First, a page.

His idea: Why not reach out to the millions of Puerto Ricans living outside the island to help promote economic growth back home?

Back in 2012, Columna joined forces with Isabel Rullán, another Puerto Rican working in the Obama administration, to form ConPRmetidos, a think tank that uses public-private partnerships to spark economic development on the island. This July, they launched a new project, the Puerto Rico Global Initiative, focused on connecting Puerto Ricans at home and on the U.S. mainland.

They see the millions of Puerto Rican transplants and their children as potential ambassadors to attract investment in the island.

“We're leveraging the fact that we have this sales force that is untapped," Columna told Upworthy. “It's all these Puerto Ricans who are abroad, who are in decision-making positions."

Of course, even if investments like these succeed, they alone won't solve the island's deep financial woes. For that reason, Columna also wants Congress to allow Puerto Rico to declare bankruptcy.

In the meantime, the group is continuing its more practical work: building connections with Puerto Ricans living abroad who can help bring investments back to their home, in areas such as real estate, energy, and tourism.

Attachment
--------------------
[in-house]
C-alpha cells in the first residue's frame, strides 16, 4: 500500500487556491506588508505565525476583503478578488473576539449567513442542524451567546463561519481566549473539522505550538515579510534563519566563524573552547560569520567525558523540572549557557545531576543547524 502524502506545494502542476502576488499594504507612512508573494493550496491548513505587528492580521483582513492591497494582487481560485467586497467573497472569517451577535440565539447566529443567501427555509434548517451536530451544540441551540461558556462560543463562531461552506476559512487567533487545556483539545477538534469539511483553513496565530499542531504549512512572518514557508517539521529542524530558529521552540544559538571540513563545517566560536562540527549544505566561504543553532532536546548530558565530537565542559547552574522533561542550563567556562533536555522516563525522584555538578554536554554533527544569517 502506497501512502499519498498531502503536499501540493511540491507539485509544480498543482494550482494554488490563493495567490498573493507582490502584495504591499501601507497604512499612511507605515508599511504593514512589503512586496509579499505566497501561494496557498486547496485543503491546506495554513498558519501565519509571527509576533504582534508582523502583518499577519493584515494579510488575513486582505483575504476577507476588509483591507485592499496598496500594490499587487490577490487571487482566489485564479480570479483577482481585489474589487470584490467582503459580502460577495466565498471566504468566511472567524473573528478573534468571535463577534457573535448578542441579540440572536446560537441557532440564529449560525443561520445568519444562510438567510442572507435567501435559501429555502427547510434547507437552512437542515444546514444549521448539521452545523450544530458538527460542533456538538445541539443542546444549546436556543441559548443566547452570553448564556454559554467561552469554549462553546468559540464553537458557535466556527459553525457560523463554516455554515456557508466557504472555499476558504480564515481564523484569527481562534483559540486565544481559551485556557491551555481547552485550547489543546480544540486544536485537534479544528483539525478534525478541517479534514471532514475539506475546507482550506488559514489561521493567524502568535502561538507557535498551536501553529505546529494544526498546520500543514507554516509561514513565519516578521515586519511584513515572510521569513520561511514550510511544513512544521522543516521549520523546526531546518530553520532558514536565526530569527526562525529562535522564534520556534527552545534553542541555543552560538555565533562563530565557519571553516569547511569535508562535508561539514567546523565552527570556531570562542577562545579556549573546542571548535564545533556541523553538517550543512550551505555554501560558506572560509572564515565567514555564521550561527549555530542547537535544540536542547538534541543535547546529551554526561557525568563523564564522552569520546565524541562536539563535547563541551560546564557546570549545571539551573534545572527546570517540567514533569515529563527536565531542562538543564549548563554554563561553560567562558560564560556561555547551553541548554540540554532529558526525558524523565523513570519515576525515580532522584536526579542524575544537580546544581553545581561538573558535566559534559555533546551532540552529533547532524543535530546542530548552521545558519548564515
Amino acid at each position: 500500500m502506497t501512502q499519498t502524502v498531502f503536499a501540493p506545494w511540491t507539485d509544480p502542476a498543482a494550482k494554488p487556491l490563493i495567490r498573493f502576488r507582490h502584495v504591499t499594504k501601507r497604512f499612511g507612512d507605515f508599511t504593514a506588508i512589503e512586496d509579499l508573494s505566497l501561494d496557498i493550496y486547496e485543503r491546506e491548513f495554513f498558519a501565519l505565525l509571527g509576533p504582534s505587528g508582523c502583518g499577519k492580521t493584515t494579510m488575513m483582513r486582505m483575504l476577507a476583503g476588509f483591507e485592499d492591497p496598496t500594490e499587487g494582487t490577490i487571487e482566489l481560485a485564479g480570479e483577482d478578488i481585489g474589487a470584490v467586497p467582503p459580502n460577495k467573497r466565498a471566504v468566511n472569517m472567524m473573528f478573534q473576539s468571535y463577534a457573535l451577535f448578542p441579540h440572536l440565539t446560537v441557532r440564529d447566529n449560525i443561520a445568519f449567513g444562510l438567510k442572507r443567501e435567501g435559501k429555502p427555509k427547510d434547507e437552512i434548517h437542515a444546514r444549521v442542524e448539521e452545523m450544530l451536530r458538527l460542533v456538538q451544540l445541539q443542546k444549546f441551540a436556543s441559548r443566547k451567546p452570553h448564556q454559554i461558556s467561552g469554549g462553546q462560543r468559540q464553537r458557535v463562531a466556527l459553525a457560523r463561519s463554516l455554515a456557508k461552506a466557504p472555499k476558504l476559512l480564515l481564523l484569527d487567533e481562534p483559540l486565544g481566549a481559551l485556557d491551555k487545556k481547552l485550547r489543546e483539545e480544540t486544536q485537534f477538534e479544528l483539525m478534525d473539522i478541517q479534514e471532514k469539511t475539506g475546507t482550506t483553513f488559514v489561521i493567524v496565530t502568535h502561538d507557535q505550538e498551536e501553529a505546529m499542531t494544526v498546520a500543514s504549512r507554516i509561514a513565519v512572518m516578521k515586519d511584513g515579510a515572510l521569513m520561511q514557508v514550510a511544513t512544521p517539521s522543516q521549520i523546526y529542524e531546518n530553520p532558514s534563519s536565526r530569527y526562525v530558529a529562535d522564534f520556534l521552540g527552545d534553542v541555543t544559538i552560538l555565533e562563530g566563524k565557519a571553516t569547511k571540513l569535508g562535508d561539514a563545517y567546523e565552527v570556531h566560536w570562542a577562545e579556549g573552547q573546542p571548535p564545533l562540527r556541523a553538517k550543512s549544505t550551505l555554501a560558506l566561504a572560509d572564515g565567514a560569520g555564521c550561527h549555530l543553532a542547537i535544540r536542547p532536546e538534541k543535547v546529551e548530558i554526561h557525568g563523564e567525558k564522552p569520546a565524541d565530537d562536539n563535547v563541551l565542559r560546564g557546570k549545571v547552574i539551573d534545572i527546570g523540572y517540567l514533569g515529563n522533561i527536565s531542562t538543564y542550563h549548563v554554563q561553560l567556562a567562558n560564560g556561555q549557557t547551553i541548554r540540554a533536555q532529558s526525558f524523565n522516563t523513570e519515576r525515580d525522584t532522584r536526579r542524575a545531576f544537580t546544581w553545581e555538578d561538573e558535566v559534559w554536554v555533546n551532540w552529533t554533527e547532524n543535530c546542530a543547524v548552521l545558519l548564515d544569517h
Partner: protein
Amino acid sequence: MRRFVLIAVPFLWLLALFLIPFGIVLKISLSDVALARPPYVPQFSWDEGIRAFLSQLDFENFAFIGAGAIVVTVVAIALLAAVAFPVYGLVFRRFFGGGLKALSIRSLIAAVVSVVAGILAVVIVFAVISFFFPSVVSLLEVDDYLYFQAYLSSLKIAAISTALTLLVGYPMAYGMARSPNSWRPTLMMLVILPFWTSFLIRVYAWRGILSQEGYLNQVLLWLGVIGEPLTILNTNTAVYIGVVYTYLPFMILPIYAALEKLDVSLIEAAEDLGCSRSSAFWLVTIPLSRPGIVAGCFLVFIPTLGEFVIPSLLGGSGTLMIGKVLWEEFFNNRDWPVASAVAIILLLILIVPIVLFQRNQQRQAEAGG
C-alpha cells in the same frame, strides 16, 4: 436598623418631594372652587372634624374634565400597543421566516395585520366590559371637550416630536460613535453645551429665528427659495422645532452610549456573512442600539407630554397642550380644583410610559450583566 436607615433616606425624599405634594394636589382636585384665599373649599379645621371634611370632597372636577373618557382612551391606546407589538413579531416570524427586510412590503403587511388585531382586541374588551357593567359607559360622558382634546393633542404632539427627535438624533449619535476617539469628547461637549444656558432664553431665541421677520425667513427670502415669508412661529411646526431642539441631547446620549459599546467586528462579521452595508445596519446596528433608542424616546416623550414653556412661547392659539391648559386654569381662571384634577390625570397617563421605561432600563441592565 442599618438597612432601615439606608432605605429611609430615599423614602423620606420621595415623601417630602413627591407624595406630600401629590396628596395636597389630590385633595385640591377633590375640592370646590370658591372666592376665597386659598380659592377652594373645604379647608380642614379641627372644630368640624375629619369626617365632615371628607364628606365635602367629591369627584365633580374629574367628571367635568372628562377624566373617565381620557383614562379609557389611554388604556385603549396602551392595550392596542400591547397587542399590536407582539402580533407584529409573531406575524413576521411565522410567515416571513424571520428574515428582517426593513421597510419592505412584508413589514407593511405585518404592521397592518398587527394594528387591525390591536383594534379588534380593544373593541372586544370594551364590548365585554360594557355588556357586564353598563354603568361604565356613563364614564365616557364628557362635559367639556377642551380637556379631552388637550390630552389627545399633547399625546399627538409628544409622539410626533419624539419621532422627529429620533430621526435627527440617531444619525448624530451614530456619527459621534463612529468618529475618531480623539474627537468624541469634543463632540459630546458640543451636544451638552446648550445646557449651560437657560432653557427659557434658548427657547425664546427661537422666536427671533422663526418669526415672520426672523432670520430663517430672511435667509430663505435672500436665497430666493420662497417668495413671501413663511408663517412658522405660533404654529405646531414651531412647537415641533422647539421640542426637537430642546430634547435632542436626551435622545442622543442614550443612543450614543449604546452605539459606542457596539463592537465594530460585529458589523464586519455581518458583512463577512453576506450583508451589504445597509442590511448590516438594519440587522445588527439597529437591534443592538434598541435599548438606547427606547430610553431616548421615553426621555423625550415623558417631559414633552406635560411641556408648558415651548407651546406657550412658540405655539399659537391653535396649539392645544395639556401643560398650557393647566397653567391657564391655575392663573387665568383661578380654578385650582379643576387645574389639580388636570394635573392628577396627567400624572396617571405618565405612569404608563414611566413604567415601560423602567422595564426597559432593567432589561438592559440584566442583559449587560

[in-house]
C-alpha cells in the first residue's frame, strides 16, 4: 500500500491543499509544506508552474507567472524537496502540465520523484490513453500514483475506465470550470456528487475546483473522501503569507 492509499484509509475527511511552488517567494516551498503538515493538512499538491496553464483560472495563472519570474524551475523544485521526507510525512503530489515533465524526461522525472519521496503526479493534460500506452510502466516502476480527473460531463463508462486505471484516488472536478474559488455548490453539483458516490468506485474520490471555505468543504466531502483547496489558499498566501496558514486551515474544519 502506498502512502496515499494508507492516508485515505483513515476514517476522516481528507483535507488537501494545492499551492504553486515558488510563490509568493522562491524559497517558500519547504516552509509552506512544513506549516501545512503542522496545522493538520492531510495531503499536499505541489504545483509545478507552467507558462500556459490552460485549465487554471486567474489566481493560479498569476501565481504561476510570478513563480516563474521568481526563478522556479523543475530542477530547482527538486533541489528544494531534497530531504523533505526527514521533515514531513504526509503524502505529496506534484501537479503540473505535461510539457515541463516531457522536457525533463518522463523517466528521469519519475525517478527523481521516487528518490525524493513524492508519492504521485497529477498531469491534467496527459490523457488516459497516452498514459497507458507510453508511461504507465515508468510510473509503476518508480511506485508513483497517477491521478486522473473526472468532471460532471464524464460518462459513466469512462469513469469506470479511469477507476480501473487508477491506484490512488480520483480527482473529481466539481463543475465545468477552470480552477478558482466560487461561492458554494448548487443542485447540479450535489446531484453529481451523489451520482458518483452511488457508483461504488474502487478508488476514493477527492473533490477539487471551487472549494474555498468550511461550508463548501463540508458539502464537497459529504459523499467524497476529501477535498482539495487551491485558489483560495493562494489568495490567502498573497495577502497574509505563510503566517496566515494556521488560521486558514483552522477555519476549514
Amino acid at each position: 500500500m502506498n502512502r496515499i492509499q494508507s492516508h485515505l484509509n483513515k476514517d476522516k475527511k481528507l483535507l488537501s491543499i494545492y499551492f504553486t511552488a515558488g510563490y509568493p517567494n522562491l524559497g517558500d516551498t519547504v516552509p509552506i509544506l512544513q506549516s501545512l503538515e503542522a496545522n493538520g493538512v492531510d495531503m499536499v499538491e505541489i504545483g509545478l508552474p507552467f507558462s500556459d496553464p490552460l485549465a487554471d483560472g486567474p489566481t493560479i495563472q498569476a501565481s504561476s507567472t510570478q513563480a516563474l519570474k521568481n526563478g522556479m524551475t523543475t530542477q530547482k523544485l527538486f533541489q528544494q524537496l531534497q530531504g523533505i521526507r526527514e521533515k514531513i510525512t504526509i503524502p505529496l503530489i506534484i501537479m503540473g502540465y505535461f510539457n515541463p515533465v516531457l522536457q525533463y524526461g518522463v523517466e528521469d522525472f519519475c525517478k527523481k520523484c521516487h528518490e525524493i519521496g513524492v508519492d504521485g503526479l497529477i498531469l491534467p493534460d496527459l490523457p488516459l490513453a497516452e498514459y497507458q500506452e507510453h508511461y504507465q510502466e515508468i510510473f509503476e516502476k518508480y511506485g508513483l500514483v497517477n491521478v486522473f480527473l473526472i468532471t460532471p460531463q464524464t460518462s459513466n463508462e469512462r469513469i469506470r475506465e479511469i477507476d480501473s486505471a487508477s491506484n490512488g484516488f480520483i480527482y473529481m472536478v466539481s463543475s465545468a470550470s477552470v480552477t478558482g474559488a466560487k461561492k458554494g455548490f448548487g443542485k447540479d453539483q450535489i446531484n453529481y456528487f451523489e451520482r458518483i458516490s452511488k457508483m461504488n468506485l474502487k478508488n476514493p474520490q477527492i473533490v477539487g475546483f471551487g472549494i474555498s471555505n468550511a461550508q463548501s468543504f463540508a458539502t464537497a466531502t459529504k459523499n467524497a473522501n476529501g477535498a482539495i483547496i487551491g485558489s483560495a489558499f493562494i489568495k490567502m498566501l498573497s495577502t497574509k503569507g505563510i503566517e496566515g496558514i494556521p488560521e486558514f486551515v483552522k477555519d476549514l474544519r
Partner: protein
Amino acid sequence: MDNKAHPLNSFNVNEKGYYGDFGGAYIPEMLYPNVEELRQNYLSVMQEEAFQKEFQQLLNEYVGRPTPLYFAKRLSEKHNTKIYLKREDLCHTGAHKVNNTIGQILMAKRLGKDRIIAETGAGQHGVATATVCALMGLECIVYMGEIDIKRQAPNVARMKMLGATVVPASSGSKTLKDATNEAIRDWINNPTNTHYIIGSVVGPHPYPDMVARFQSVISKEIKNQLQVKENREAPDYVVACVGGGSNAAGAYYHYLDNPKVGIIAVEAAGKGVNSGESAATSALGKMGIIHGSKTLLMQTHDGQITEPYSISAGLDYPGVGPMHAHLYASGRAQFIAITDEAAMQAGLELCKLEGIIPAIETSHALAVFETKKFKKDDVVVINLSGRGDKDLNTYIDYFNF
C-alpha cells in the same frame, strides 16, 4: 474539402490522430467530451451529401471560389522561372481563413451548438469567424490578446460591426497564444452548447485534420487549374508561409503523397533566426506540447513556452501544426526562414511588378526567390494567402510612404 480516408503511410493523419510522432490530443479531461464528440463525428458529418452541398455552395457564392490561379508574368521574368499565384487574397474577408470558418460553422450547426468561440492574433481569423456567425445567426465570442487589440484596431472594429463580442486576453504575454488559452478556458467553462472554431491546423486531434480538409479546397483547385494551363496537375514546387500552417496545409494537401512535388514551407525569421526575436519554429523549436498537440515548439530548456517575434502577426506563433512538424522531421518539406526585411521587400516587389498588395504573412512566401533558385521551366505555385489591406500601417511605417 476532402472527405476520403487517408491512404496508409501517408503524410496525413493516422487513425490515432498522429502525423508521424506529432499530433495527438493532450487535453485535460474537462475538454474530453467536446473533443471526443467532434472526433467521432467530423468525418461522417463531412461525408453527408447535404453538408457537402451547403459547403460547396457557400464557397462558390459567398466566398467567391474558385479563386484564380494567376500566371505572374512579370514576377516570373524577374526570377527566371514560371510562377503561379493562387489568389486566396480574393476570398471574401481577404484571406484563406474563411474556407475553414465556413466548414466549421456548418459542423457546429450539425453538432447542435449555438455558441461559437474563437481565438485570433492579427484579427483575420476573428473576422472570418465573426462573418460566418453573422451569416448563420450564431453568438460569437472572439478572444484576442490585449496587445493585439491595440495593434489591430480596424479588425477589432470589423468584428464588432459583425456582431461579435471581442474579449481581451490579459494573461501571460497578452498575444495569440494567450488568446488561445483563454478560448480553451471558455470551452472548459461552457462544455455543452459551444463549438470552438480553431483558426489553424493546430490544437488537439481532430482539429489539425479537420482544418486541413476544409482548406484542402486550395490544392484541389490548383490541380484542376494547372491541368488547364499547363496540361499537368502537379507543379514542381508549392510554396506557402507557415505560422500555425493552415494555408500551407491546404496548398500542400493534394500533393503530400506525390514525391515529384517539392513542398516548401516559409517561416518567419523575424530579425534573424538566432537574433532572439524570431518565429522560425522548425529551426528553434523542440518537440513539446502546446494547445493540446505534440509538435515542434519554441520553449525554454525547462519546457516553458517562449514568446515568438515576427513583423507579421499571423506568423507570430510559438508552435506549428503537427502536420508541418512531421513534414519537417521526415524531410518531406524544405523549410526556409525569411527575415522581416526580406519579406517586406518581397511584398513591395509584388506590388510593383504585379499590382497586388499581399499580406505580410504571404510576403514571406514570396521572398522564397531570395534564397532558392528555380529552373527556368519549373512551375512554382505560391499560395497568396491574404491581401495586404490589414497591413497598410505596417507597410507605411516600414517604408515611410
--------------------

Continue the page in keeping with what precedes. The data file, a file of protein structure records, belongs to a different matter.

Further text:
Bianca Cabán, a 27-year-old entrepreneur, investor, and philanthropist based in Manhattan, is one of the people who received a boost from Puerto Rico Global.

Cabán (right) with Melissa Mark-Viverito, the speaker of the New York City Council, at a July 2014 event in the Bronx. Photo used with permission.

Both Cabán and her parents were born and raised in New York City, but she still has relatives living in Puerto Rico and would like to see the economy rebound. With a degree in economics and political science from Harvard and experience working for Credit Suisse and Atlas Merchant Capital — an investment firm focusing on emerging global markets — she has the perfect background for a project like this.

In late 2014, she learned about a pilot version of Puerto Rico Global and its mission to connect professionals on the island and around the world. She became an ambassador for the organization but also says they've been “incredibly supportive" when it comes to executing her ideas.

In December, Cabán left her job to pursue investment opportunities in Puerto Rico full time.

At her uncle's house in Rincón, Puerto Rico, during a December 2013 visit. Photo used with permission.